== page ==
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Old 10-04-2012, 08:16 PM   #11
yoni0505
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I don't see the reason of learning C before C++.
C++ got everything C got, and can run C code.
Just learn the basics and later proceed to object oriented programming.

A good site to start learning C++ is www.cplusplus.com, this is where I started.
Later on when you will start having problems I would recommend getting help from Stack Overflow or DaniWeb forums. They both have great community of experienced programmers that can solve just about any problem.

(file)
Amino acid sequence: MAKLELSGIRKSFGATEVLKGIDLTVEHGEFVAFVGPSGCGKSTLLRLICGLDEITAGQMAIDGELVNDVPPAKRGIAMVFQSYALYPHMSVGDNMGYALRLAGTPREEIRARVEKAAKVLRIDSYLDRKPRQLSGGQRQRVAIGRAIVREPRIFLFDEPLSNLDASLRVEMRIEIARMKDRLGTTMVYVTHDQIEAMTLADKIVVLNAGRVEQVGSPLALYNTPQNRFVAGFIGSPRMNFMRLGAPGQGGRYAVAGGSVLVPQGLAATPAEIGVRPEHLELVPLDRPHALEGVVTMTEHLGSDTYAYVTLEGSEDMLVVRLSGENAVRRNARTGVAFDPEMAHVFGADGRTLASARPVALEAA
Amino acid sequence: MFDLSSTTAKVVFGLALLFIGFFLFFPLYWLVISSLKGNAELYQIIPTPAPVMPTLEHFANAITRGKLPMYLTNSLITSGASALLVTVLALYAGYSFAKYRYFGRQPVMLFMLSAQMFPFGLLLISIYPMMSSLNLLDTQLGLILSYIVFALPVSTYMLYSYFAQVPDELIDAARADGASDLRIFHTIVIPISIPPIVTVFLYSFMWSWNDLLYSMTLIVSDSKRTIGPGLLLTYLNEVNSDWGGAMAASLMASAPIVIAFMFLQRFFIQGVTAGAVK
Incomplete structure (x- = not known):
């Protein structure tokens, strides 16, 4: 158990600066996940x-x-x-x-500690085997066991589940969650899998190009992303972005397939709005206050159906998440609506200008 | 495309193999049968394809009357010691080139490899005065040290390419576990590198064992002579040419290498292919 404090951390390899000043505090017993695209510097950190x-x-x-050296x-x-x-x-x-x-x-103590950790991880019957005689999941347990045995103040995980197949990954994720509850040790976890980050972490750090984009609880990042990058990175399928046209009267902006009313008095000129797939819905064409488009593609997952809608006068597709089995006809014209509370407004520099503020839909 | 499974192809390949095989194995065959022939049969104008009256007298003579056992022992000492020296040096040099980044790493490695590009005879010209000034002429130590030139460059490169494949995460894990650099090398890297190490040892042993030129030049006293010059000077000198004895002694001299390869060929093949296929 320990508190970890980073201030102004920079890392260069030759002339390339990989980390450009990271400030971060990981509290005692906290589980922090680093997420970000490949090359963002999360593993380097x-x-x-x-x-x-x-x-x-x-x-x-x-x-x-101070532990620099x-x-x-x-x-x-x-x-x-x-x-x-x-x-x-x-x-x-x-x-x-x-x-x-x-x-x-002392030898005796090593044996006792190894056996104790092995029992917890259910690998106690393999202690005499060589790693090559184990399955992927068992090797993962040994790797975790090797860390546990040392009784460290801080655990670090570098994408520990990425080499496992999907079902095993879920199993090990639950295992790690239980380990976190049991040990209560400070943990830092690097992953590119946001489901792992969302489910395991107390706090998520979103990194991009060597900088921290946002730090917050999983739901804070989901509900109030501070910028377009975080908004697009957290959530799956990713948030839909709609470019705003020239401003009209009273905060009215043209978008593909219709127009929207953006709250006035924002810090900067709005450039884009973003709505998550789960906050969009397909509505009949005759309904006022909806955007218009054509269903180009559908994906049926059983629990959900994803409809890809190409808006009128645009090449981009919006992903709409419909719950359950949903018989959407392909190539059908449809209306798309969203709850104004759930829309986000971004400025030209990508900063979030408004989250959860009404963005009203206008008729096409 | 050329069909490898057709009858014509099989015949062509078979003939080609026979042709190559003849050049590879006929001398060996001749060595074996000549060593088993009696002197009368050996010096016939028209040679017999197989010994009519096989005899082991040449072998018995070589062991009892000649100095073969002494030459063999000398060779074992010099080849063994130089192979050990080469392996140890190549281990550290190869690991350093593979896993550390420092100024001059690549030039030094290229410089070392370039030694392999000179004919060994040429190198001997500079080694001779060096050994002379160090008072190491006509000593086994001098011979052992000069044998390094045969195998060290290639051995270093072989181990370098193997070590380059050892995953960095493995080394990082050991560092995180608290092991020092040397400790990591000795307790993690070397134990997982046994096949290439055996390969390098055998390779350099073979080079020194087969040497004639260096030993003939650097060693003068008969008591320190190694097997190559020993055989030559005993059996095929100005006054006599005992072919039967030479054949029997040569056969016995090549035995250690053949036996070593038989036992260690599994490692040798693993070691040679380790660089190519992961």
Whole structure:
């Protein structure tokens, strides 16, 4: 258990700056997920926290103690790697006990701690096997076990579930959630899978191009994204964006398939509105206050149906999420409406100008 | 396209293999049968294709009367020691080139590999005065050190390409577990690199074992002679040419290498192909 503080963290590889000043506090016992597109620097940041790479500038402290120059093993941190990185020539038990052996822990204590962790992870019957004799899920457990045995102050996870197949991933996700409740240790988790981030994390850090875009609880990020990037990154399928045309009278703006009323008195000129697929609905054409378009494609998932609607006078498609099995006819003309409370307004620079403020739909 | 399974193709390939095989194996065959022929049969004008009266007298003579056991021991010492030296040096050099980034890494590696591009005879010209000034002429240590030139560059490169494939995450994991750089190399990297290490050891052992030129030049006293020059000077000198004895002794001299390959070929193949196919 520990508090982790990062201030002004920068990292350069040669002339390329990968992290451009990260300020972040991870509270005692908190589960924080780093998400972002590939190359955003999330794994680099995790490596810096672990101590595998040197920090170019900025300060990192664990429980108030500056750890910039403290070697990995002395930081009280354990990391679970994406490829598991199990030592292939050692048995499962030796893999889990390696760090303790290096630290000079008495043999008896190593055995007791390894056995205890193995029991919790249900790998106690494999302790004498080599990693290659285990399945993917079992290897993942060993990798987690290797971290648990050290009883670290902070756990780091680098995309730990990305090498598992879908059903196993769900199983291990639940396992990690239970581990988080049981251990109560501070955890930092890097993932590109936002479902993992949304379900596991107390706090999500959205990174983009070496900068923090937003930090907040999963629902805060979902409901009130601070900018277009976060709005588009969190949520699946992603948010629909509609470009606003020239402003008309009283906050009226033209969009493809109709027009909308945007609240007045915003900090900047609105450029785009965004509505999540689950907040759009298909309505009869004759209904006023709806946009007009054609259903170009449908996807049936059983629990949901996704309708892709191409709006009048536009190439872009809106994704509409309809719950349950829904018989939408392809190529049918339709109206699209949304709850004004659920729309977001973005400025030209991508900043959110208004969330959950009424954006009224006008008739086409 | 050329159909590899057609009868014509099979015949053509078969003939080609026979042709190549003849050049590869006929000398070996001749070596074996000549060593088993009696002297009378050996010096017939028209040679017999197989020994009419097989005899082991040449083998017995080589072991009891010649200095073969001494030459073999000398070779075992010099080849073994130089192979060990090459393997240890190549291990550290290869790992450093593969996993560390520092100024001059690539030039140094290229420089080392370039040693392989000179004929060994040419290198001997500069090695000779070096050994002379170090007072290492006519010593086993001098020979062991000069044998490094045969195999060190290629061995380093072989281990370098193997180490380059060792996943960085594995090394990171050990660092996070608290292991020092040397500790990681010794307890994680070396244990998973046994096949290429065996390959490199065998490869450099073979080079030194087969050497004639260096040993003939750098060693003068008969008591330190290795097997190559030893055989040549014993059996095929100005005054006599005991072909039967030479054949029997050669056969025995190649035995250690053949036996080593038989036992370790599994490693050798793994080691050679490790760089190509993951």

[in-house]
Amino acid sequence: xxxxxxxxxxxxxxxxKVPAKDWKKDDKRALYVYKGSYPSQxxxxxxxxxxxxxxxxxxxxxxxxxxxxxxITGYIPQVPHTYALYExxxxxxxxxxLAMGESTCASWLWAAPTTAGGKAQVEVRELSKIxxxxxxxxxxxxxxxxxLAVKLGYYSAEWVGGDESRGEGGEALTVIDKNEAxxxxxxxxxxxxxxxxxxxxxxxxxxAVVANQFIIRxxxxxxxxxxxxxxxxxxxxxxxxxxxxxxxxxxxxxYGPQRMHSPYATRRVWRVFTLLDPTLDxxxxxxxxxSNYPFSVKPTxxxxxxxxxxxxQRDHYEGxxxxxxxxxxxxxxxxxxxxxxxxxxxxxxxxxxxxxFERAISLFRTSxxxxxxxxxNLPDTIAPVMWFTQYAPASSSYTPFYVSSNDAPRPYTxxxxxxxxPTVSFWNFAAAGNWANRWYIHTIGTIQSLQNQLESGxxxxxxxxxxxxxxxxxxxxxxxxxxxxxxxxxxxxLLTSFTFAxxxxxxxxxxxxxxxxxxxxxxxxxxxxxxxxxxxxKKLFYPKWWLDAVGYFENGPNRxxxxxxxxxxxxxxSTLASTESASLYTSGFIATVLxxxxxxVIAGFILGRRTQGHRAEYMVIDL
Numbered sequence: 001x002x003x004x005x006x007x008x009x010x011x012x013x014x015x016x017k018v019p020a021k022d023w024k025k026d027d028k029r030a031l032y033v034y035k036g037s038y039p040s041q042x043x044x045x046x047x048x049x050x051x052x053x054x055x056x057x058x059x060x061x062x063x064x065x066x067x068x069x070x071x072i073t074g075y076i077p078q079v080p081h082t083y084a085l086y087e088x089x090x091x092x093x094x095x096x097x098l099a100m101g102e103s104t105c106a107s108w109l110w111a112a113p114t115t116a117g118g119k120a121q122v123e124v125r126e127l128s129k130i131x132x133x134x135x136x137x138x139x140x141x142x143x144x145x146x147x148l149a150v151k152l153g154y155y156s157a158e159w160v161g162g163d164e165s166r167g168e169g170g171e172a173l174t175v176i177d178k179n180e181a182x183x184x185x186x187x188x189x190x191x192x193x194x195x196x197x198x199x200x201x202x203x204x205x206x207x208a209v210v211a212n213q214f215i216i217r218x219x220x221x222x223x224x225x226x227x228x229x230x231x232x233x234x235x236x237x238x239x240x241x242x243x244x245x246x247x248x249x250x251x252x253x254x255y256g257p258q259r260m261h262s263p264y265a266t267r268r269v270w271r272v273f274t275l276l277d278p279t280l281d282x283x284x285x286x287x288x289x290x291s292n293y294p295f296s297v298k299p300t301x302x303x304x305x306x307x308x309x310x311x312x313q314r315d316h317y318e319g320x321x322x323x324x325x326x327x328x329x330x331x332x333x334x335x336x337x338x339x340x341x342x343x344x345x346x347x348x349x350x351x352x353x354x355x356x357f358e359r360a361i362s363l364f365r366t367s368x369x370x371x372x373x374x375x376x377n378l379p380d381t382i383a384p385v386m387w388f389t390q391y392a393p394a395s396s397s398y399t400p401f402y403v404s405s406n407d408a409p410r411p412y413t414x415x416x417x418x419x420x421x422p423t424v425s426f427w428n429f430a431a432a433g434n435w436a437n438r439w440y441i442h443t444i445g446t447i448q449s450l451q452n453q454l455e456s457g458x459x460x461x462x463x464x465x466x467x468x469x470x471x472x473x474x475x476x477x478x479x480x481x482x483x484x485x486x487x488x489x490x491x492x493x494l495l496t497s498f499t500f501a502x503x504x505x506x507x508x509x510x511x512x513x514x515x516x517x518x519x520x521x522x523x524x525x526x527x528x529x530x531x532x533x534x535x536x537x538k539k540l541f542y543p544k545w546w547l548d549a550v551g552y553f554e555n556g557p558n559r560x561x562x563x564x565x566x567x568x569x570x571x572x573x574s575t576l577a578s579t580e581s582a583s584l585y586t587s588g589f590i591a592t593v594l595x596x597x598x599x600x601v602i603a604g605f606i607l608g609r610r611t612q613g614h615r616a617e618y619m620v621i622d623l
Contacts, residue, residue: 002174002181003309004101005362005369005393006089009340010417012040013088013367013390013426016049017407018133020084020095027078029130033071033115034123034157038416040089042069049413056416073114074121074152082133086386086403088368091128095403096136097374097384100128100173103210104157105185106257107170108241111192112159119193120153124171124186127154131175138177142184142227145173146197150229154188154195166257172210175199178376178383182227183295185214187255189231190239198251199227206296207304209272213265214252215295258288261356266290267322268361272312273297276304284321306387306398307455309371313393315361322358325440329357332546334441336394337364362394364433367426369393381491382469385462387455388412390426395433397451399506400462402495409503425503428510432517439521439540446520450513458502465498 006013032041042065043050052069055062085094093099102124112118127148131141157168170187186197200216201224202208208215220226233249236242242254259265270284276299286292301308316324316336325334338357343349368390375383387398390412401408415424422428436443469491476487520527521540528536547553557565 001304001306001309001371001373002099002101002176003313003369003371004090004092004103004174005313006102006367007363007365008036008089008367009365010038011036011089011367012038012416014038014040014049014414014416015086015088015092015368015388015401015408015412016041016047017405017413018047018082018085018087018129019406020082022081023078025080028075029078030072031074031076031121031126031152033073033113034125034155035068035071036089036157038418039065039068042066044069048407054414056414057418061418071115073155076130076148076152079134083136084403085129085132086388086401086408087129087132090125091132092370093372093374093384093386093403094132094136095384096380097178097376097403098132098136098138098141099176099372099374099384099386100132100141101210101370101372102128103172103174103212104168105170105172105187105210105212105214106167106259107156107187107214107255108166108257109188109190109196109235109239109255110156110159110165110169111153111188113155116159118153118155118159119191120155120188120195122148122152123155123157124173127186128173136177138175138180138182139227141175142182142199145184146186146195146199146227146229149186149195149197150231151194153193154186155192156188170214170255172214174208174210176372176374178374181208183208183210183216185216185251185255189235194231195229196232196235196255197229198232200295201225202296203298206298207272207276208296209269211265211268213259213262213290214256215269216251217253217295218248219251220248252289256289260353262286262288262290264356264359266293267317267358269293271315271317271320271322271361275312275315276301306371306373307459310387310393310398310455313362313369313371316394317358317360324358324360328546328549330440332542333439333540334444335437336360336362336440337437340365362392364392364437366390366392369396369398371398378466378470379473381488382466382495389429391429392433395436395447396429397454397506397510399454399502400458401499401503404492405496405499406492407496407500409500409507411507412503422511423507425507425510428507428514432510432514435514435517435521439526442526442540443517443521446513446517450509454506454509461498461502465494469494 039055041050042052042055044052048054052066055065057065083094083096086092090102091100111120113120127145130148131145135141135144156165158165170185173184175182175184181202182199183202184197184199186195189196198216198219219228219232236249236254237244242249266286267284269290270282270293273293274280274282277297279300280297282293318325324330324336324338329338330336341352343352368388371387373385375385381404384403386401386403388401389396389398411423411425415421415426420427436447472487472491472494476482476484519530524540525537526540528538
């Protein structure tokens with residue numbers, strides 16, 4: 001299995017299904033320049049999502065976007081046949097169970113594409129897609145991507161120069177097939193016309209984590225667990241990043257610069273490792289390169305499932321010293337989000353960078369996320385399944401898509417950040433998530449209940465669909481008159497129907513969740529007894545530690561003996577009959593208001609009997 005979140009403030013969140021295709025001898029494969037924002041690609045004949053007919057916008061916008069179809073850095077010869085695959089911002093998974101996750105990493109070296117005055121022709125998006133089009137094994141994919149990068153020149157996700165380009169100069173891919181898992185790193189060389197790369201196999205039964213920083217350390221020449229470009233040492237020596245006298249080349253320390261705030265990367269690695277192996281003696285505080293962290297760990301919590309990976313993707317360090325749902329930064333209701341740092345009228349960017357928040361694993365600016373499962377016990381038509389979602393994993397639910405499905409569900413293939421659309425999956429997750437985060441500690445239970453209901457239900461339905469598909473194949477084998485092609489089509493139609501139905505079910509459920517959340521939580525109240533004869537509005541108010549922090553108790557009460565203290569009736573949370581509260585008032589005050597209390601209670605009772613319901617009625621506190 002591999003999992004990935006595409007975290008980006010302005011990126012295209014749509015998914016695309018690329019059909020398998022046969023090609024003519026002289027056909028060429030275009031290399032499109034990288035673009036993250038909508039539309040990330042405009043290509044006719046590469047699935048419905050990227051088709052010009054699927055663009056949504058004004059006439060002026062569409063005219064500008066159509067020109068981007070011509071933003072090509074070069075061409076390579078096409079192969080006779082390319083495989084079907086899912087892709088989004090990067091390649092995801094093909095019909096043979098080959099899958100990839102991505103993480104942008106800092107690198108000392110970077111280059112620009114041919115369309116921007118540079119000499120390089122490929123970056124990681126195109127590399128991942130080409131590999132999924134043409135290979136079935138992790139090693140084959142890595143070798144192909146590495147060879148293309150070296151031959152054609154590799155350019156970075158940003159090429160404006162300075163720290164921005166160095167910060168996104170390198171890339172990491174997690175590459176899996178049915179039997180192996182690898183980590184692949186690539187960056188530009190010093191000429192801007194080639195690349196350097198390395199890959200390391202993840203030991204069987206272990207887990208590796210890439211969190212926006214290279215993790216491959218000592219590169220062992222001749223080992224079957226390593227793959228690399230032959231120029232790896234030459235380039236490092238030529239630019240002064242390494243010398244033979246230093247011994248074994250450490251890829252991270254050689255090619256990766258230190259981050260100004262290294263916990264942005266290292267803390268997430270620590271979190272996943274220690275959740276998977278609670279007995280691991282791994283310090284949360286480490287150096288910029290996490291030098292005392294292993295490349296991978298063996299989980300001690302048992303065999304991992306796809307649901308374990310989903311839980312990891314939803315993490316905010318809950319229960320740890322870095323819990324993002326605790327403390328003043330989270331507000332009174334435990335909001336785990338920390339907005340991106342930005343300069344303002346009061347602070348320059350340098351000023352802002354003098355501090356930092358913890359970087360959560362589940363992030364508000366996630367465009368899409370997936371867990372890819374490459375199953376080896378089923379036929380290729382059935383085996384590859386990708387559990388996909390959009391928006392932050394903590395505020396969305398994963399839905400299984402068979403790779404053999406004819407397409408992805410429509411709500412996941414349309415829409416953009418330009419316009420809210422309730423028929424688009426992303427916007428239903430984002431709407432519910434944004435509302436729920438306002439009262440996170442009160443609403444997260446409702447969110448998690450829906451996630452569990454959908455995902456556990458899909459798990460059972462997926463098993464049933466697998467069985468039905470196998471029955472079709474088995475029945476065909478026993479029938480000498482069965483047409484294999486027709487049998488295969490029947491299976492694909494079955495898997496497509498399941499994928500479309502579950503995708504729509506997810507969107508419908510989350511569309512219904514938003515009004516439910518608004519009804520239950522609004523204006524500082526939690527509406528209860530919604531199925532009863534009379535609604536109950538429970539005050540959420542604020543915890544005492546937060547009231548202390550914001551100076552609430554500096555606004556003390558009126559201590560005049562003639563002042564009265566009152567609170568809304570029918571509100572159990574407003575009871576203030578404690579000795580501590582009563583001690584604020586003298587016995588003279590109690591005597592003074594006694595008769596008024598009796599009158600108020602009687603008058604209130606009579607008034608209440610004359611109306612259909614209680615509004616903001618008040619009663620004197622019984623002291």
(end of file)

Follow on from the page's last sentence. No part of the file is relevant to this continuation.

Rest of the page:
I personally use Visual C++ Express as my IDE. It's free and provides all you need.
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Old 10-04-2012, 11:15 PM   #12
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I disagree. What you call basics are algorithms and computer mechanics. I remember teaching someone Java once, only to realize how much stress I was giving her by making she understand both algorithm and object-orientation at the same time. In essence, both concepts are very different, and were creating a huge confusion. It worked much smoother when I separated the lessons, having her learn C first.